top of page
  • Jodie Szlachta, CRNA, Ph.D.

Letter to the Editor: State needs to recognize certified registered nurse anesthetists

To the Times:

Surgery and anesthesia can be intimidating. Certified Registered Nurse Anesthetists (CRNAs) are advanced practice nurses who specialize in anesthesia and are required to be experienced critical care nurses. CRNAs provide continuous care during anesthesia. We’re usually the last people patients see before a procedure begins and the first to greet them when they awaken. Frequently, anesthesia includes amnesic agents and often, our patients do not remember us or even realize they were cared for by a nurse anesthetist.

During this pandemic, many CRNAs served as front line health-care workers, fulfilling critical roles inside and outside the operating room. CRNAs were uniquely able to utilize their specialized skill set, which includes critical care experience, to care for critically ill patients suffering from this respiratory pandemic in intensive care units or operating rooms.

CRNAs are recognized only as registered nurses, not nurse anesthetists, in Pennsylvania, despite their advanced education and training because there is no definition for nurse anesthetists under Pennsylvania’s Professional Nursing Law. Pennsylvania remains one of only two states that fail to formally recognize CRNAs. This roadblock forces Pennsylvania CRNAs to obtain credentials from other states to provide mission, volunteer, and military work.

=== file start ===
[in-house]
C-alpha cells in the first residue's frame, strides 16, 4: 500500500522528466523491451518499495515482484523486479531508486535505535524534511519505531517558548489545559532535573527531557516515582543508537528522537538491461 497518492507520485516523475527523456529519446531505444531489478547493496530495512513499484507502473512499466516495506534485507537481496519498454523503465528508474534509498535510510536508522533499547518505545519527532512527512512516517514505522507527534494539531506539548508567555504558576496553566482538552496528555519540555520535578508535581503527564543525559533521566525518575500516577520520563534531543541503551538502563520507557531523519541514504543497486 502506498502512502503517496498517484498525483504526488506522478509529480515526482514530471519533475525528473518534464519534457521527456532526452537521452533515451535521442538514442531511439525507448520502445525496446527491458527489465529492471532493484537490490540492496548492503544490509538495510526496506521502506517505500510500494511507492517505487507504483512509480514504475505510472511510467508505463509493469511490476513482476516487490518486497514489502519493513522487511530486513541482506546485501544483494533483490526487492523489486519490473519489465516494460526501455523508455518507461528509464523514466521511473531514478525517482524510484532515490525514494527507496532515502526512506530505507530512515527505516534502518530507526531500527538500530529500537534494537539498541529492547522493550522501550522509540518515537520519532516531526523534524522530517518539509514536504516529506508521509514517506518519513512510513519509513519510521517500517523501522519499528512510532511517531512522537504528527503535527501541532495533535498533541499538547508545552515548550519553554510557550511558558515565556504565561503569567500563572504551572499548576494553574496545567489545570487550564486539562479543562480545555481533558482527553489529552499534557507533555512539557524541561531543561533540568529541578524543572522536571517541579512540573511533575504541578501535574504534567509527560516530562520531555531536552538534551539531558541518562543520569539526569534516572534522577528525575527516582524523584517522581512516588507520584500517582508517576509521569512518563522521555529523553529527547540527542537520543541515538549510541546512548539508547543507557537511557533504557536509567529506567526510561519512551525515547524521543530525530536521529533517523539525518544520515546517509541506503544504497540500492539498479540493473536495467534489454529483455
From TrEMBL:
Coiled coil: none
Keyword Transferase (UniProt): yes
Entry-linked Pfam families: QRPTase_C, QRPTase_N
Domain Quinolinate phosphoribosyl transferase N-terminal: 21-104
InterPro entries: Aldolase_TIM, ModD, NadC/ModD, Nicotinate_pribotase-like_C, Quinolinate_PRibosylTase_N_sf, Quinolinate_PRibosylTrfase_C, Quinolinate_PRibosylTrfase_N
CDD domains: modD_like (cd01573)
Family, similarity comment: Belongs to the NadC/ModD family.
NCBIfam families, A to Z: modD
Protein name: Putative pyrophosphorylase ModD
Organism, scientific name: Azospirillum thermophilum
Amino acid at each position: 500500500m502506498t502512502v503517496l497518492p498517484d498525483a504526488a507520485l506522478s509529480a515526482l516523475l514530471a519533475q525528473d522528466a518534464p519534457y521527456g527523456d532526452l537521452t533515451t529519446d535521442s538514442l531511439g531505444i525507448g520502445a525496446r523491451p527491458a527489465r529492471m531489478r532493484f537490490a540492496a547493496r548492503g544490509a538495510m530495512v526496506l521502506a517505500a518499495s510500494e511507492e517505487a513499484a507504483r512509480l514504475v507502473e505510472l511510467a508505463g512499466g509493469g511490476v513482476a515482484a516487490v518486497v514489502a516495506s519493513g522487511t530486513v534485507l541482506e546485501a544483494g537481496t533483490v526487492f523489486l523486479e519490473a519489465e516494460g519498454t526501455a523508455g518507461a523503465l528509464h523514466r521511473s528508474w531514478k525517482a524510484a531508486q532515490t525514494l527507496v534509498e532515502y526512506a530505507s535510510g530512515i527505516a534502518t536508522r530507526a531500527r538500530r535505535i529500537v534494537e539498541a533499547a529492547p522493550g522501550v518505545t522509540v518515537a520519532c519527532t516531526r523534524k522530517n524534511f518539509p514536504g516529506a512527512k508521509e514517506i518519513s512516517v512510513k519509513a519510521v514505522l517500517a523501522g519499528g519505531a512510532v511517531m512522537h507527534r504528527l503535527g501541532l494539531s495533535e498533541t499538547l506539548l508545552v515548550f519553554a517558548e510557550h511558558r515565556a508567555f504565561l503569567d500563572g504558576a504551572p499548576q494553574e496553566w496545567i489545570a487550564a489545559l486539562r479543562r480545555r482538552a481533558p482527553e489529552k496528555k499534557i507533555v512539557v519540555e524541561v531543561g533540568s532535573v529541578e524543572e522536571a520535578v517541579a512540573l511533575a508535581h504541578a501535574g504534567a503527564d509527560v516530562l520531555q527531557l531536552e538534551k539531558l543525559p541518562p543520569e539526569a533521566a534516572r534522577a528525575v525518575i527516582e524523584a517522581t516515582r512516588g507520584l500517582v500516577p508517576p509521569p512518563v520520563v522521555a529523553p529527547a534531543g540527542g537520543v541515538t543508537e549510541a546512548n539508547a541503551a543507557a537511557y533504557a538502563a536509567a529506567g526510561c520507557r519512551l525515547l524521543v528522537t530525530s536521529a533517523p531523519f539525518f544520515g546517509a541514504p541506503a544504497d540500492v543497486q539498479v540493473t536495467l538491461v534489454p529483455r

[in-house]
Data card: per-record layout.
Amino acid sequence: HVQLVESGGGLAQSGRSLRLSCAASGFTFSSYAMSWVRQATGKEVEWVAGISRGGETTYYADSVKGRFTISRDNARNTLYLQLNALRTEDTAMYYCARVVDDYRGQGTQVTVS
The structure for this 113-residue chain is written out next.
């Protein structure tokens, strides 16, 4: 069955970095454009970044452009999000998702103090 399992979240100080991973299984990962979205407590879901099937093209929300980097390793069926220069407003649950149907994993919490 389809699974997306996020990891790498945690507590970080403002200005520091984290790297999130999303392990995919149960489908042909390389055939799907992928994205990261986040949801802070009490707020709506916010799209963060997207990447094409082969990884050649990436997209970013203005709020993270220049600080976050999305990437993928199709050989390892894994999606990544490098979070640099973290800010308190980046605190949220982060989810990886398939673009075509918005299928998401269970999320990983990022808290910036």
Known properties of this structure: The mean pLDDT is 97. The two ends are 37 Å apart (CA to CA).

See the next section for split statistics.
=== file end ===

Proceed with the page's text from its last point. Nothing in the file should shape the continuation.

Pennsylvania legislators should act to provide CRNAs with the title recognition they need and have earned.

Jodie Szlachta CRNA, Ph.D, Program Director, Crozer-Chester Medical Center / Villanova University Nurse Anesthesia Program

Source: DelcoTimes


bottom of page